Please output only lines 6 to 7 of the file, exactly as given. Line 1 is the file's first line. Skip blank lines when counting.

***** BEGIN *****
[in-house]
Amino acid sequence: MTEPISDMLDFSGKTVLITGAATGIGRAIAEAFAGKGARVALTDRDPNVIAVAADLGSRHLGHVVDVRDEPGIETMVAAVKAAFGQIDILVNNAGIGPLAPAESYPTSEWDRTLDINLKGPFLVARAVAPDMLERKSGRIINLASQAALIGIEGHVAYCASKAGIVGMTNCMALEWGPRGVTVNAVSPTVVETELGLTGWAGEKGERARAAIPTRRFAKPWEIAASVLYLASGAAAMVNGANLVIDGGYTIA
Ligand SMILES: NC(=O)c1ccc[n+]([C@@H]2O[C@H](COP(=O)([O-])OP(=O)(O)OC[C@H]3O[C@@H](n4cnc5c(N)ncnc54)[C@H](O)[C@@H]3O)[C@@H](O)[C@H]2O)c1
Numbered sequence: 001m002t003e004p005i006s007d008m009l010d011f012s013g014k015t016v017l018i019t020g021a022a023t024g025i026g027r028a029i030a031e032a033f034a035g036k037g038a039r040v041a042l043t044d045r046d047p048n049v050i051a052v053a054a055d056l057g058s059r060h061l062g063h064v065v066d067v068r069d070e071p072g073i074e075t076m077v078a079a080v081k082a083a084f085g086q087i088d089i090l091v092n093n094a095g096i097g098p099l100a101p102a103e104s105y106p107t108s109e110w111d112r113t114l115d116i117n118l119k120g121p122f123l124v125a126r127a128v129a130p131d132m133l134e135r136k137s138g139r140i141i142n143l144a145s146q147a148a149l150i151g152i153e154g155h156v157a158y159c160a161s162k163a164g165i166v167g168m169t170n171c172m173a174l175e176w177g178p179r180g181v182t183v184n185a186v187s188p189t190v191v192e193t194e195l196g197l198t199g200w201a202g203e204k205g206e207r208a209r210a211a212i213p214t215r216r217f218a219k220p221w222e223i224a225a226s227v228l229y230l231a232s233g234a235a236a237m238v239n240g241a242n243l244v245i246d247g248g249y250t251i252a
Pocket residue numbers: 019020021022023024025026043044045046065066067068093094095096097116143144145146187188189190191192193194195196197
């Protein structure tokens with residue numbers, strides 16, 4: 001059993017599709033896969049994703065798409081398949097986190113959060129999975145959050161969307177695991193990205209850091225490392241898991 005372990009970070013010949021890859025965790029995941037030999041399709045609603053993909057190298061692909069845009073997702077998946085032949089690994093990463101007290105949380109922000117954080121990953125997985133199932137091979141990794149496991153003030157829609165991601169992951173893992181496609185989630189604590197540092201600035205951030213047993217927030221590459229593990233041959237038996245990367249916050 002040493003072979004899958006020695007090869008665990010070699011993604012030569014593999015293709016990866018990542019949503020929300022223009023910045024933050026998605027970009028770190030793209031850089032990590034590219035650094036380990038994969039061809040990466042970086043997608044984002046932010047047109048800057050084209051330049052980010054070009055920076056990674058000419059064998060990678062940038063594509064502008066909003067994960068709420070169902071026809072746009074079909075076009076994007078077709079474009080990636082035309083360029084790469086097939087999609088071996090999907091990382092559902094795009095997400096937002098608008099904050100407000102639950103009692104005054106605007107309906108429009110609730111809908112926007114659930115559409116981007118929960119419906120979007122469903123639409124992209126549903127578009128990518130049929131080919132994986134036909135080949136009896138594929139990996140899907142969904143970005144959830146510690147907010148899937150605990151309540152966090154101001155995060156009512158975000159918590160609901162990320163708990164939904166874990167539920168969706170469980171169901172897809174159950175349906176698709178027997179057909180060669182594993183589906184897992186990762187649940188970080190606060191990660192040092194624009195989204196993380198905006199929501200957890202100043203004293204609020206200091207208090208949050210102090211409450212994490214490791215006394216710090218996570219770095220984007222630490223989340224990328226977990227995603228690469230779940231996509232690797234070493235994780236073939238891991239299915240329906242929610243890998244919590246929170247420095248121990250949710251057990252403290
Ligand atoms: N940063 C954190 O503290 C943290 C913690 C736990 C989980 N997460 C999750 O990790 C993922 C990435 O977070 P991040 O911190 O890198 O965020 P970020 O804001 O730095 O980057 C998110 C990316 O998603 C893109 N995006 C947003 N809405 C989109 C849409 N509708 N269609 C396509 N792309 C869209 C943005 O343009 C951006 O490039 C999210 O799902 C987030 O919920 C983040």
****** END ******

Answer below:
């Protein structure tokens with residue numbers, strides 16, 4: 001059993017599709033896969049994703065798409081398949097986190113959060129999975145959050161969307177695991193990205209850091225490392241898991 005372990009970070013010949021890859025965790029995941037030999041399709045609603053993909057190298061692909069845009073997702077998946085032949089690994093990463101007290105949380109922000117954080121990953125997985133199932137091979141990794149496991153003030157829609165991601169992951173893992181496609185989630189604590197540092201600035205951030213047993217927030221590459229593990233041959237038996245990367249916050 002040493003072979004899958006020695007090869008665990010070699011993604012030569014593999015293709016990866018990542019949503020929300022223009023910045024933050026998605027970009028770190030793209031850089032990590034590219035650094036380990038994969039061809040990466042970086043997608044984002046932010047047109048800057050084209051330049052980010054070009055920076056990674058000419059064998060990678062940038063594509064502008066909003067994960068709420070169902071026809072746009074079909075076009076994007078077709079474009080990636082035309083360029084790469086097939087999609088071996090999907091990382092559902094795009095997400096937002098608008099904050100407000102639950103009692104005054106605007107309906108429009110609730111809908112926007114659930115559409116981007118929960119419906120979007122469903123639409124992209126549903127578009128990518130049929131080919132994986134036909135080949136009896138594929139990996140899907142969904143970005144959830146510690147907010148899937150605990151309540152966090154101001155995060156009512158975000159918590160609901162990320163708990164939904166874990167539920168969706170469980171169901172897809174159950175349906176698709178027997179057909180060669182594993183589906184897992186990762187649940188970080190606060191990660192040092194624009195989204196993380198905006199929501200957890202100043203004293204609020206200091207208090208949050210102090211409450212994490214490791215006394216710090218996570219770095220984007222630490223989340224990328226977990227995603228690469230779940231996509232690797234070493235994780236073939238891991239299915240329906242929610243890998244919590246929170247420095248121990250949710251057990252403290
Ligand atoms: N940063 C954190 O503290 C943290 C913690 C736990 C989980 N997460 C999750 O990790 C993922 C990435 O977070 P991040 O911190 O890198 O965020 P970020 O804001 O730095 O980057 C998110 C990316 O998603 C893109 N995006 C947003 N809405 C989109 C849409 N509708 N269609 C396509 N792309 C869209 C943005 O343009 C951006 O490039 C999210 O799902 C987030 O919920 C983040």